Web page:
Mental health is a myth in India
My friend’s mother talks about how she wrote poems about her father’s passing away in her diary that she still cherishes 20 years later. She sometimes speaks to her fears in her sleep. Dread, anger, sadness, loneliness and all the buried emotions surface during her sleep. She never truly slept in peace in the last 20 years. Because mental illness isn’t a new fad, it’s not a new aesthetic, it's not something that a generation of teens just casually created.
Why is mental health neglected? Why is it still taboo in India?
The World Health Organisation defined mental health as ”Mental health is a state of well-being in which an individual realizes his or her own abilities, can cope with the normal stresses of life, can work productively, and is able to make a contribution to his or her community.”
WHO has also pronounced India as the world’s ‘most depressing country.’ India is suffering from an epidemic of mental health. One in seven people from India has suffered from mental illness enveloping an entire spectrum of disorders from anxiety, depression to bipolar disorders.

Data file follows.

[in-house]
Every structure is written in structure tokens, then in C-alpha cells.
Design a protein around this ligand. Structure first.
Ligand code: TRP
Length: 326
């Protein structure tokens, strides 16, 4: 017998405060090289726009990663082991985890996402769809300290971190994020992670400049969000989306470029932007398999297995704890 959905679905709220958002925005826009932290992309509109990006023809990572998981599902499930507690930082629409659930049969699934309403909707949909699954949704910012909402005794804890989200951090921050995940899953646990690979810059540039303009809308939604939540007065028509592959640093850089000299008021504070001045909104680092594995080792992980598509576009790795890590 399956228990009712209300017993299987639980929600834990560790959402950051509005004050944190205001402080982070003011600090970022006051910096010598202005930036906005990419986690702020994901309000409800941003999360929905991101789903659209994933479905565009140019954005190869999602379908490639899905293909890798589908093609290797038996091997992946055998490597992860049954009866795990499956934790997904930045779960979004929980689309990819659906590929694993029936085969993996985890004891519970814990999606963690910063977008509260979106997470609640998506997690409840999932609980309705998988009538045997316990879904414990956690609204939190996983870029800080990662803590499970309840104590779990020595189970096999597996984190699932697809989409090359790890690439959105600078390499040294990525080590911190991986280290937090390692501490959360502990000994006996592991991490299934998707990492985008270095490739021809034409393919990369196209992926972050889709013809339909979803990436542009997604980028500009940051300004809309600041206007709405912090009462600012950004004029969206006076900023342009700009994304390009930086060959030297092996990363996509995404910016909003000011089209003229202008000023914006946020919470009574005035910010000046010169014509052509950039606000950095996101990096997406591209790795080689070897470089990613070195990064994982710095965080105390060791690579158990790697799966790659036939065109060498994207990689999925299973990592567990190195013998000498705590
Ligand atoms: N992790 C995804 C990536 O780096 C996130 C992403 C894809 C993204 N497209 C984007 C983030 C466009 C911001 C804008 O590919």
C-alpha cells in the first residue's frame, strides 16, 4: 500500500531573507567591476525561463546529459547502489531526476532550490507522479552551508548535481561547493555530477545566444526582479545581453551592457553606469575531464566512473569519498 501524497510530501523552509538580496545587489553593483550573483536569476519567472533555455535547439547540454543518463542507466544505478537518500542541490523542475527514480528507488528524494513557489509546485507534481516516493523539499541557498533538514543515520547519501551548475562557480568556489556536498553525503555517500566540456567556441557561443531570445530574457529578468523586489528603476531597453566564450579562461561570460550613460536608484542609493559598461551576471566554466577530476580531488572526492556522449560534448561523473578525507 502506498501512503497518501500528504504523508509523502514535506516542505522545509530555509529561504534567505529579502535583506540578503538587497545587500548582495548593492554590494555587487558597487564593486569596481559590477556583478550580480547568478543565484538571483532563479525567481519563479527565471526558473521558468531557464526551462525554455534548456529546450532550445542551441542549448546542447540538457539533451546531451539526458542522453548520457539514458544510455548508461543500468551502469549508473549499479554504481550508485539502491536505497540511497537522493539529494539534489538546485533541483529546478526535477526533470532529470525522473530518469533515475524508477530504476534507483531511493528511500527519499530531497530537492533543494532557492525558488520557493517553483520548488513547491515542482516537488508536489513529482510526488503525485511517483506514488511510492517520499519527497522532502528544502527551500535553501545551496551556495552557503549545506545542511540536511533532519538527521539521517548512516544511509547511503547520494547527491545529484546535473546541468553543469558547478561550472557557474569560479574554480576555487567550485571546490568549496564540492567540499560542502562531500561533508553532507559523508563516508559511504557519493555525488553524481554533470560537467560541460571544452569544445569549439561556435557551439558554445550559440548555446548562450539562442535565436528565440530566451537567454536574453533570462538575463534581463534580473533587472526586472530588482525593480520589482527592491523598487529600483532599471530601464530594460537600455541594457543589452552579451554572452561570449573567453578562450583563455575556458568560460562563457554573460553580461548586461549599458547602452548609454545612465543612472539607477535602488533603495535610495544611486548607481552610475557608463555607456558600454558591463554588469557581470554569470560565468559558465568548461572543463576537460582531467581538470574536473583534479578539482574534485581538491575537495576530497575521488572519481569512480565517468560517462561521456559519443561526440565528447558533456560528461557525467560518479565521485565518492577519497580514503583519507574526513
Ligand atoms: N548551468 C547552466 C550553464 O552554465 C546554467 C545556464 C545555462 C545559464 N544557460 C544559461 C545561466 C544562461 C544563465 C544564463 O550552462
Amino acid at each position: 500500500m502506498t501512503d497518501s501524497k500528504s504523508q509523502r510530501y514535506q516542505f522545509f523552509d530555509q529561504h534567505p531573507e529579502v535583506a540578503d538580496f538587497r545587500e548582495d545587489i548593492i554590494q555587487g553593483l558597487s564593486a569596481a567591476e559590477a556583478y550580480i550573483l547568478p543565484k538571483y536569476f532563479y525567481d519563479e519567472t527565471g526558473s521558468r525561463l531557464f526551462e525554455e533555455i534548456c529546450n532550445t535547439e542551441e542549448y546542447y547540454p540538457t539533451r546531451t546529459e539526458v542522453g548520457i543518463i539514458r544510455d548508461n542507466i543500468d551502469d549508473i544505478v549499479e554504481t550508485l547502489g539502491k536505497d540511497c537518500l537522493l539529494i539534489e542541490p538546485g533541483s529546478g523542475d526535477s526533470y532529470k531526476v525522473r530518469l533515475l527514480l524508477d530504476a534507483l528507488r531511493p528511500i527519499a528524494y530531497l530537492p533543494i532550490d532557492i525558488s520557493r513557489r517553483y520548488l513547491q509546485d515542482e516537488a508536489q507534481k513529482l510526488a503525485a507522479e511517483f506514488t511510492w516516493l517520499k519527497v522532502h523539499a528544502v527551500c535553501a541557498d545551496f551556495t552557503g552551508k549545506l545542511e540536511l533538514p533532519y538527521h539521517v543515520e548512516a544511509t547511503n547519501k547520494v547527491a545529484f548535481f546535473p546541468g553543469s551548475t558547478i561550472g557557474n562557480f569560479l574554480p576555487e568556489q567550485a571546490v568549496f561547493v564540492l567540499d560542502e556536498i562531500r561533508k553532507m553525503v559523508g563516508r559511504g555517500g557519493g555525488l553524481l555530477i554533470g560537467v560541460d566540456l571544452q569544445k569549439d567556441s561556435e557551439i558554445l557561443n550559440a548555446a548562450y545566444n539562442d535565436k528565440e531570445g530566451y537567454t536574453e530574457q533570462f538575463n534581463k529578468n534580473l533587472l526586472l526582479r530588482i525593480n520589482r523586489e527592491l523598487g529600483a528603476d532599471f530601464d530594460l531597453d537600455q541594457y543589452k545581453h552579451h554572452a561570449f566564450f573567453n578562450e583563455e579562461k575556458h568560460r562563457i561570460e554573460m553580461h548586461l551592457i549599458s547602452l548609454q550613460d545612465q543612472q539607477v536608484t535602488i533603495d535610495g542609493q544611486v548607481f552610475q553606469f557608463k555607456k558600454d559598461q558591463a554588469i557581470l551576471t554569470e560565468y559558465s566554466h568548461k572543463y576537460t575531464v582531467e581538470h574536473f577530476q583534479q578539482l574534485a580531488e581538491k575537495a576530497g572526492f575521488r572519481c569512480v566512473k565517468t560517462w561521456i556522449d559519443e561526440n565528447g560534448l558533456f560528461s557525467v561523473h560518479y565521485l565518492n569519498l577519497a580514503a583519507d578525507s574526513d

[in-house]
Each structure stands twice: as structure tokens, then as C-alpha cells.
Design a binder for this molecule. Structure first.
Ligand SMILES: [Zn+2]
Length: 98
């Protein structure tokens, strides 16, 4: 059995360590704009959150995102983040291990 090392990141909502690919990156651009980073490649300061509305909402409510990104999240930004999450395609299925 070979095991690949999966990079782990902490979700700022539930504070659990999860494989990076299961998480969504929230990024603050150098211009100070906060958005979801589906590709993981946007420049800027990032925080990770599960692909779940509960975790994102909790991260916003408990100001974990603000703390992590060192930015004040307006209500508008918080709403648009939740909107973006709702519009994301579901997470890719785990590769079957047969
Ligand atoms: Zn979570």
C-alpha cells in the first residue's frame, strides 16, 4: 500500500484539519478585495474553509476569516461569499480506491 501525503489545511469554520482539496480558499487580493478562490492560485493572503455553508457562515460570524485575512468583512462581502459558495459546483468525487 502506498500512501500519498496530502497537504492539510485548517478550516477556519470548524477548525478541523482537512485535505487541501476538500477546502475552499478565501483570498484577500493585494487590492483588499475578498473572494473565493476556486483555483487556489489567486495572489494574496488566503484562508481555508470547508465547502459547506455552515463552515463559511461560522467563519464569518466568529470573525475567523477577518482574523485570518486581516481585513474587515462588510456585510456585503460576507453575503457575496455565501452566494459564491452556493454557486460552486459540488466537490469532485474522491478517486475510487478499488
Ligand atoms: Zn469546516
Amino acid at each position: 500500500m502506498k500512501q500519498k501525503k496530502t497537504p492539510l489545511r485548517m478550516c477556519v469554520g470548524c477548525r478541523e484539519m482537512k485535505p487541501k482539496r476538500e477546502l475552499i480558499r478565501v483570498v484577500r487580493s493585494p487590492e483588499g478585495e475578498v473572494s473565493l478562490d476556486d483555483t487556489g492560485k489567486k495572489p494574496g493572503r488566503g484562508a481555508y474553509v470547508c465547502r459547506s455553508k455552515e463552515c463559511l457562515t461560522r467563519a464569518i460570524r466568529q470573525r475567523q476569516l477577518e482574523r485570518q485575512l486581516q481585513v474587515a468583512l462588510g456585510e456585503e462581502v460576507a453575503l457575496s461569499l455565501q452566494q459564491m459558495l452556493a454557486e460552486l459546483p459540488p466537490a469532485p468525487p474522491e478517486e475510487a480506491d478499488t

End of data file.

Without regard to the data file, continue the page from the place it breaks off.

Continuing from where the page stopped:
Let’s dive deeper into the statistics:
As stated by the WHO, mental illness makes about 15% of the total illnesses around the world. A survey done by Our National Mental Health in 2016 discovered that approximately 14% of India’s population needed immediate mental health interference. Another 6.5% of India’s population suffered from critical mental illnesses according to the National Care of Medical Health.
10 MILLION CHILDREN ARE DIAGNOSED WITH AUTISM.
10 MILLION PEOPLE WITH EPILEPSY.
38 MILLION PEOPLE SUFFER FROM ANXIETY DISORDERS.
57 MILLION ESTIMATED TO HAVE DEPRESSION.
150 MILLION PEOPLE WITH OTHER MENTAL DISORDERS.
ONE STUDENT COMMITS SUICIDE EVERY HOUR.